The Africa Heartwood Project, a US nonprofit, with the support of its donors, built borehole water facilities for seven rural communities in Ghana. The US$35,000 (GH₵185,500 )-projects were executed with the generous support of Friends of Africa Heartwood, Cocoa Community Project, Michael Foundation and the Planet Therapy, all based in the United States.

The project was implemented by Action Against Rural Poverty (AARP), a Ghanaian partner based in Agona Swedru. The project’s goal is to provide access to potable water in beneficiary rural communities in the wake of the spread of the COVID-19 pandemic. Beneficiary communities included Kankamkrom, Abura Oframoase and Twerenyame communities in the Abura-Asebu-Kwamankese District of Ghana’s Central Region and Botwe, Akyem Oframoase, Agyei Ekura and Dwendaama communities in the Asene-Manso-Akroso District of Ghana’s Eastern Region.

Prior to the construction of the borehole water facilities, residents of beneficiary communities relied on untreated water from streams and other water sources, which exposed residents to the risk of water borne diseases. On a daily basis, school children hassled to find water for use by households. Dry seasons were worse. Locals walked hours in search of water.  The construction of boreholes for these rural communities therefore provides significant relief to residents and helps to improve the quality of life in these communities.

A statement from CEO of Africa Heartwood Project Mr. Andy Jones said the nonprofit’s vision was to see rural communities having access to potable water to improve residents’ standard of living. Mr. Jones noted that water was a basic necessity of life and must be readily available especially, to the rural poor. Mr. Jones reiterated Africa Heartwood’s mandate to increase access to water supply to rural residents by continuing to solicit donor support to build more borehole water infrastructure for rural communities across Ghana.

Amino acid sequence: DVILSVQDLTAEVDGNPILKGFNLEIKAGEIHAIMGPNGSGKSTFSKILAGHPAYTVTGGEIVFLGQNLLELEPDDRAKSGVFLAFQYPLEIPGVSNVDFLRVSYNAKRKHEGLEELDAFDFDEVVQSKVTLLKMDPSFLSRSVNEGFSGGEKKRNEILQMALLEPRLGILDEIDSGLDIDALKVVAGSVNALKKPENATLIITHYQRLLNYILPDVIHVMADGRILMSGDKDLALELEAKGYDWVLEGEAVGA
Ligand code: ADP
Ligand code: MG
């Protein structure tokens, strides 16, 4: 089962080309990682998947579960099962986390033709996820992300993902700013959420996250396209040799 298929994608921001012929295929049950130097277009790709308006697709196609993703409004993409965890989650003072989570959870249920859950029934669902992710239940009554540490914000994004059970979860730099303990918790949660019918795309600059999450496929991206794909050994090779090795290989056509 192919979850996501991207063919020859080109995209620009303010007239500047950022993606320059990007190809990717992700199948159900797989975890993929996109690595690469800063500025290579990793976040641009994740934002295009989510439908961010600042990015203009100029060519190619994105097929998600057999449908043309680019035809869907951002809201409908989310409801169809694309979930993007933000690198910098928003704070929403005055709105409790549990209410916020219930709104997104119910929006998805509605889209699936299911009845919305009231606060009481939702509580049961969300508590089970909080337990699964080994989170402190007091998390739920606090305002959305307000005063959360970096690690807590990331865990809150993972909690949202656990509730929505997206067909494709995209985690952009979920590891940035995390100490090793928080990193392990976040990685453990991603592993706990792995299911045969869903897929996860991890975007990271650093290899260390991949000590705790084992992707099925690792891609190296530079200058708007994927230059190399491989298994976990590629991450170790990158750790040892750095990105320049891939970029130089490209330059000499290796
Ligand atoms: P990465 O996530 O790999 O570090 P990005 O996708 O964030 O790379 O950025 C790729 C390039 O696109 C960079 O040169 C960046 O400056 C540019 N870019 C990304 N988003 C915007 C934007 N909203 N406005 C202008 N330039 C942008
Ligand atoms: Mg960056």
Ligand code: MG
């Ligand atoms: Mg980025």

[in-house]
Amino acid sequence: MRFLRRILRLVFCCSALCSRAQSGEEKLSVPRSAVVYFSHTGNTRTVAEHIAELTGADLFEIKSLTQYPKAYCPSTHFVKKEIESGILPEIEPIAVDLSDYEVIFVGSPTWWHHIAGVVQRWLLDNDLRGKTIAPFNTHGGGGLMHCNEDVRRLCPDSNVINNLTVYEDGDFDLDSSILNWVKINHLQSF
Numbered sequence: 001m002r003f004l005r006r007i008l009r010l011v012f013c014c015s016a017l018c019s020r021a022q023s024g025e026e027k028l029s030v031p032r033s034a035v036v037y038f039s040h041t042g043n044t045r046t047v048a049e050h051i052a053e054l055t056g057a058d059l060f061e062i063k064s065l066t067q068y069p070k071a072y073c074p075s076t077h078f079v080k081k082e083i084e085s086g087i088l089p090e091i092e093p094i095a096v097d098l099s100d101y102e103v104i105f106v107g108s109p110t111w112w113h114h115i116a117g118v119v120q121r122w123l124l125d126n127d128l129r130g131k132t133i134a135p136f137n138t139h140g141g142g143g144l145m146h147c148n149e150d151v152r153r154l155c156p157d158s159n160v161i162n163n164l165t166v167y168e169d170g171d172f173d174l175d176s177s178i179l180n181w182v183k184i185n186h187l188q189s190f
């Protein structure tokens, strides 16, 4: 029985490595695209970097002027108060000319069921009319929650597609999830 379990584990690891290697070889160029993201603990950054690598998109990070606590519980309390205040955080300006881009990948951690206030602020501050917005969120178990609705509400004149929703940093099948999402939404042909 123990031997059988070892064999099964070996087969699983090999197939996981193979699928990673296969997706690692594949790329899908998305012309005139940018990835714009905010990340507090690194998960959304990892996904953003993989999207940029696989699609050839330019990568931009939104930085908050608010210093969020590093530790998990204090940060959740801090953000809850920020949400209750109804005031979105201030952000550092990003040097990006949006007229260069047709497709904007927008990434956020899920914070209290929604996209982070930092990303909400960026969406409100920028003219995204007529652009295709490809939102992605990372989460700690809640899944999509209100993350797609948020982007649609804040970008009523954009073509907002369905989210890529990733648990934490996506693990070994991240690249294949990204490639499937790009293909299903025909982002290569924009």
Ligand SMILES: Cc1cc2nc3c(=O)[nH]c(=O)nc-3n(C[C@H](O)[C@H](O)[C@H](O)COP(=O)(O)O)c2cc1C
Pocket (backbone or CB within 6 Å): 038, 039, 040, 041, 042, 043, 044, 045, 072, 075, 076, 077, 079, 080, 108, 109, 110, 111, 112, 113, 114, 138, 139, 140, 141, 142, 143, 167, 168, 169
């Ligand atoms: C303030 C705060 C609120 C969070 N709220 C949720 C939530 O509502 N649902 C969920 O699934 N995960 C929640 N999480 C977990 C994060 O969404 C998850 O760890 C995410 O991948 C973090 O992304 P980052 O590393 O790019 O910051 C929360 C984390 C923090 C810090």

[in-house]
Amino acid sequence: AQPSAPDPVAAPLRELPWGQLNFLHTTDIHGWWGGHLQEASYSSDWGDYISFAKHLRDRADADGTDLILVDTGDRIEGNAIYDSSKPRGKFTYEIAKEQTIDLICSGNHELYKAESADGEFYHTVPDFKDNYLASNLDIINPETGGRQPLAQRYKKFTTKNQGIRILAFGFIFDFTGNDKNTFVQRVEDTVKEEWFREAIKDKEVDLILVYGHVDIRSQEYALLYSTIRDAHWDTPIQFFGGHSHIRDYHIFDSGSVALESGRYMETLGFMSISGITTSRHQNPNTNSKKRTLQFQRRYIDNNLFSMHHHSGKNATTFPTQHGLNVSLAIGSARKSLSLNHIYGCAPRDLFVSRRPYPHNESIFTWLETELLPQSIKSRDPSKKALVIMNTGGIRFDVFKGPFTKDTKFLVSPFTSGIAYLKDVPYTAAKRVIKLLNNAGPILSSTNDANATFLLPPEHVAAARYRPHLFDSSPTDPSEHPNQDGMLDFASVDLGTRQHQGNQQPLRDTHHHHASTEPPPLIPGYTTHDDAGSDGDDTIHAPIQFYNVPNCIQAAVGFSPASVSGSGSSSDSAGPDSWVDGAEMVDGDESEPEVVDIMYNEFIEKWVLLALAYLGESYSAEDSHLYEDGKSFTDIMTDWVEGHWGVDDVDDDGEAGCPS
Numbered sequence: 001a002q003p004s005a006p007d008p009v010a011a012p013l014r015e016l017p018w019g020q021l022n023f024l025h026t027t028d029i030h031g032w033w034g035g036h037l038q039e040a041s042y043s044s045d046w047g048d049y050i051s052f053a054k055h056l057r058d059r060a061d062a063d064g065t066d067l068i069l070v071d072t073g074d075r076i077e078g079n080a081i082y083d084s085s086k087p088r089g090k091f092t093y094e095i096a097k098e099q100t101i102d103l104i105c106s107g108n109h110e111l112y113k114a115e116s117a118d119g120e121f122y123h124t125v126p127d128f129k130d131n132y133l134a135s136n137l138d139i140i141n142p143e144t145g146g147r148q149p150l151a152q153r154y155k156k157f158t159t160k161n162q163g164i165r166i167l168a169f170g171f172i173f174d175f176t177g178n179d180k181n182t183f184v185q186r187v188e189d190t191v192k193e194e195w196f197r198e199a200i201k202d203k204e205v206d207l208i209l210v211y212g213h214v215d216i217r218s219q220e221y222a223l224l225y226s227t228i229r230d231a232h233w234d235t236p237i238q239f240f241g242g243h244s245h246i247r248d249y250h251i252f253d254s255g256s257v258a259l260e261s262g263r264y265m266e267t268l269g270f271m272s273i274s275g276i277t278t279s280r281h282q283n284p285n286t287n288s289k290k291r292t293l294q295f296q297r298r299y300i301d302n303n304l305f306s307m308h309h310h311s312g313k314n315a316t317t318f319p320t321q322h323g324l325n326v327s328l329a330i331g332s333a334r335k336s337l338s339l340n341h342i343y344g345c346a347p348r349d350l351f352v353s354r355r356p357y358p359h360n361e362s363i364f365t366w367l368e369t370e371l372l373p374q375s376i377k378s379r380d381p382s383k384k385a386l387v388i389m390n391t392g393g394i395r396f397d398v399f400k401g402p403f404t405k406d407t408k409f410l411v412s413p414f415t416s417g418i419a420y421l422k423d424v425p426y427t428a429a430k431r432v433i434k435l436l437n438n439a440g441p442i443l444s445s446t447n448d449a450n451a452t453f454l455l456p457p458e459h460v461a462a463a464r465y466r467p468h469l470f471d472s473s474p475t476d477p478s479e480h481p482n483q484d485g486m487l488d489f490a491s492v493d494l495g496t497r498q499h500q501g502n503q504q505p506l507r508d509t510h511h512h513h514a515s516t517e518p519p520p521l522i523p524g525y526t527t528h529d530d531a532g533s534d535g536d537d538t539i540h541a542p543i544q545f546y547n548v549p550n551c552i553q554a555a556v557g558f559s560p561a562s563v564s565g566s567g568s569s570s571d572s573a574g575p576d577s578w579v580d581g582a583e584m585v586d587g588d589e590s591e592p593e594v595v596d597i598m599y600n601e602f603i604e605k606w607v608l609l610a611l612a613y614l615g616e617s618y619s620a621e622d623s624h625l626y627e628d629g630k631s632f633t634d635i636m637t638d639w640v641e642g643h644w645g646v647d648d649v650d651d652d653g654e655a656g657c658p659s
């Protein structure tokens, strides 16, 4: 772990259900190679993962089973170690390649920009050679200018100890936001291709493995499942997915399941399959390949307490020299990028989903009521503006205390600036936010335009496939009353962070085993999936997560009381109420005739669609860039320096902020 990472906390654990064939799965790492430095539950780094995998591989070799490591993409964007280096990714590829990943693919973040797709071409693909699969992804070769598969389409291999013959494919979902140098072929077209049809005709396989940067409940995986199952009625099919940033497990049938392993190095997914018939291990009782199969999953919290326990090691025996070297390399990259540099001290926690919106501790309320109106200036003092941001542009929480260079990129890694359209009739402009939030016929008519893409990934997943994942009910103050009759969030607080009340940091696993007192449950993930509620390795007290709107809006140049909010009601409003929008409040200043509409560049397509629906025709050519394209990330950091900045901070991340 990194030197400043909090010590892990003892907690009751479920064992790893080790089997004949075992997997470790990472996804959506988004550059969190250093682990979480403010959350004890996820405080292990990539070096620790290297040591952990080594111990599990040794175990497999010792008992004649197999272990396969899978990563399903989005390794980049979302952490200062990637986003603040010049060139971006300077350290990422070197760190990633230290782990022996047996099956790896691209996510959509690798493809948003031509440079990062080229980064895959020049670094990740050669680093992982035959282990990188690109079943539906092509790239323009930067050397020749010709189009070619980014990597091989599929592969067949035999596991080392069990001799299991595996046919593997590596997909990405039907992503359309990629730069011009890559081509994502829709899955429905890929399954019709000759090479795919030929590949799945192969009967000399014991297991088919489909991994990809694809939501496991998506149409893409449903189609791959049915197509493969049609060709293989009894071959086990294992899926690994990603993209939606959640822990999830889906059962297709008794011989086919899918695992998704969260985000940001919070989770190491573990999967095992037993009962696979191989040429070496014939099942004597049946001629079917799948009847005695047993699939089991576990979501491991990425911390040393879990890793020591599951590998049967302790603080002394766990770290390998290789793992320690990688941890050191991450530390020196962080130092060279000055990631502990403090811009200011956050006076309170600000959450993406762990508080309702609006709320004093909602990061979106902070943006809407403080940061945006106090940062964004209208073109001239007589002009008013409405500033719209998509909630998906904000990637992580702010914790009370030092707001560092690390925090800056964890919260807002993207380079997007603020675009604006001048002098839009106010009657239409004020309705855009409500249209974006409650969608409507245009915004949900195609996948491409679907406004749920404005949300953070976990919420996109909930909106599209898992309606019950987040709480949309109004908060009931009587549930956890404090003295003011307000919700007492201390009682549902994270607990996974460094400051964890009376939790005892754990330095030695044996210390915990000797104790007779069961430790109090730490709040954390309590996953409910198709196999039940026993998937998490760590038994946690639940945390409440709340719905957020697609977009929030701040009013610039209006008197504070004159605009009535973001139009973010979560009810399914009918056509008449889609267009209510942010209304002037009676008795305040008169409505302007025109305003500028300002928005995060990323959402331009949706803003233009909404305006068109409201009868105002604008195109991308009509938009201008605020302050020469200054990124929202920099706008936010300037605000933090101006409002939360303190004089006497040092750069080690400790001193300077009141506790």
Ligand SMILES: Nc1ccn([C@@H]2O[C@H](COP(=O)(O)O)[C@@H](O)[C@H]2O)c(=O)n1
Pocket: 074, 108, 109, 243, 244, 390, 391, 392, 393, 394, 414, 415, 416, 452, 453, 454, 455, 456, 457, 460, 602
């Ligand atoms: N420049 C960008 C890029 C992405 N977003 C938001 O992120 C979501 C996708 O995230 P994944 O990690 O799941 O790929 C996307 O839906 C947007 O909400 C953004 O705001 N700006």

Mr. Jones called on residents of beneficiary communities to ensure proper care and regular maintenance of the water infrastructure so the facilities could run their full life courses to serve future generations. He observed that the completion of the projects had come at a time when access to potable water was recognized as essential in the fight against the COVID-19 pandemic.

District Chief Executive for Asene-Manso-Akroso District Mr. Alex Incoom thanked the donors and project partners for their assistance, noting that without their support, it would have taken the District Assembly a longer time to mobilize resources to provide beneficiary communities with water. Speaking on behalf all beneficiary residents, Mr. Kwasi Assad of Abura Oframoase and Mr. Kwasi Nyame thanked the donors for coming to the aid of the beneficiary communities.

CEO of AARP Ms. Gladys Yamoah thanked the Abura-Asebu-Kwamankese District Assembly and the Asene-Manso-Akroso District Assembly for supporting the speedy completion of the projects. Ms. Yamoah said AARP had worked with its partners to build 36 borehole water facilities in rural communities since 2007. She said AARP would continue to work with its partners to increase access to water for under-served communities Ghana.

Credits: Graphic.com | Gilbert Mawuli Agbey